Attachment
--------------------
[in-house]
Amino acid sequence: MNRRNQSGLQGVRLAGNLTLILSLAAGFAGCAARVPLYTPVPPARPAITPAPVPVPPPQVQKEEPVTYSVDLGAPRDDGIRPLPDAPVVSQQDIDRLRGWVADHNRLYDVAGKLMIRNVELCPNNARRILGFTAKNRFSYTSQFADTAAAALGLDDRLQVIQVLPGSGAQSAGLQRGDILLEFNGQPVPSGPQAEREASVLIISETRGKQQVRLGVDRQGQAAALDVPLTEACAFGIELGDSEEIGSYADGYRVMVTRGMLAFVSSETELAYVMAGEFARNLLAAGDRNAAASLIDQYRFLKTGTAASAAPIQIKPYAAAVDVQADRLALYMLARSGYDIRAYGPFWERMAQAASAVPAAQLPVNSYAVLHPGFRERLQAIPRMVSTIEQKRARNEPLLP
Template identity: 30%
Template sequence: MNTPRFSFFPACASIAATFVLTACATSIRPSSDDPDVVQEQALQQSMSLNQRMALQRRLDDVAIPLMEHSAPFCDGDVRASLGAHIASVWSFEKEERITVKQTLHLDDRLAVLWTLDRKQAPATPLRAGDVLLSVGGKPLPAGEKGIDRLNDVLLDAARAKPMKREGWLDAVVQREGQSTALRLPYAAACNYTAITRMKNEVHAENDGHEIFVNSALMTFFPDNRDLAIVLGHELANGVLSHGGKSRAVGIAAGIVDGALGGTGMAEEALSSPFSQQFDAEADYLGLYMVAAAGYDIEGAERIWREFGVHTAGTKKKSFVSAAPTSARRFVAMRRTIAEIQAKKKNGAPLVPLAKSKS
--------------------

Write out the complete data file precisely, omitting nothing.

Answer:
[in-house]
Amino acid sequence: MNRRNQSGLQGVRLAGNLTLILSLAAGFAGCAARVPLYTPVPPARPAITPAPVPVPPPQVQKEEPVTYSVDLGAPRDDGIRPLPDAPVVSQQDIDRLRGWVADHNRLYDVAGKLMIRNVELCPNNARRILGFTAKNRFSYTSQFADTAAAALGLDDRLQVIQVLPGSGAQSAGLQRGDILLEFNGQPVPSGPQAEREASVLIISETRGKQQVRLGVDRQGQAAALDVPLTEACAFGIELGDSEEIGSYADGYRVMVTRGMLAFVSSETELAYVMAGEFARNLLAAGDRNAAASLIDQYRFLKTGTAASAAPIQIKPYAAAVDVQADRLALYMLARSGYDIRAYGPFWERMAQAASAVPAAQLPVNSYAVLHPGFRERLQAIPRMVSTIEQKRARNEPLLP
Template identity: 30%
Template sequence: MNTPRFSFFPACASIAATFVLTACATSIRPSSDDPDVVQEQALQQSMSLNQRMALQRRLDDVAIPLMEHSAPFCDGDVRASLGAHIASVWSFEKEERITVKQTLHLDDRLAVLWTLDRKQAPATPLRAGDVLLSVGGKPLPAGEKGIDRLNDVLLDAARAKPMKREGWLDAVVQREGQSTALRLPYAAACNYTAITRMKNEVHAENDGHEIFVNSALMTFFPDNRDLAIVLGHELANGVLSHGGKSRAVGIAAGIVDGALGGTGMAEEALSSPFSQQFDAEADYLGLYMVAAAGYDIEGAERIWREFGVHTAGTKKKSFVSAAPTSARRFVAMRRTIAEIQAKKKNGAPLVPLAKSKS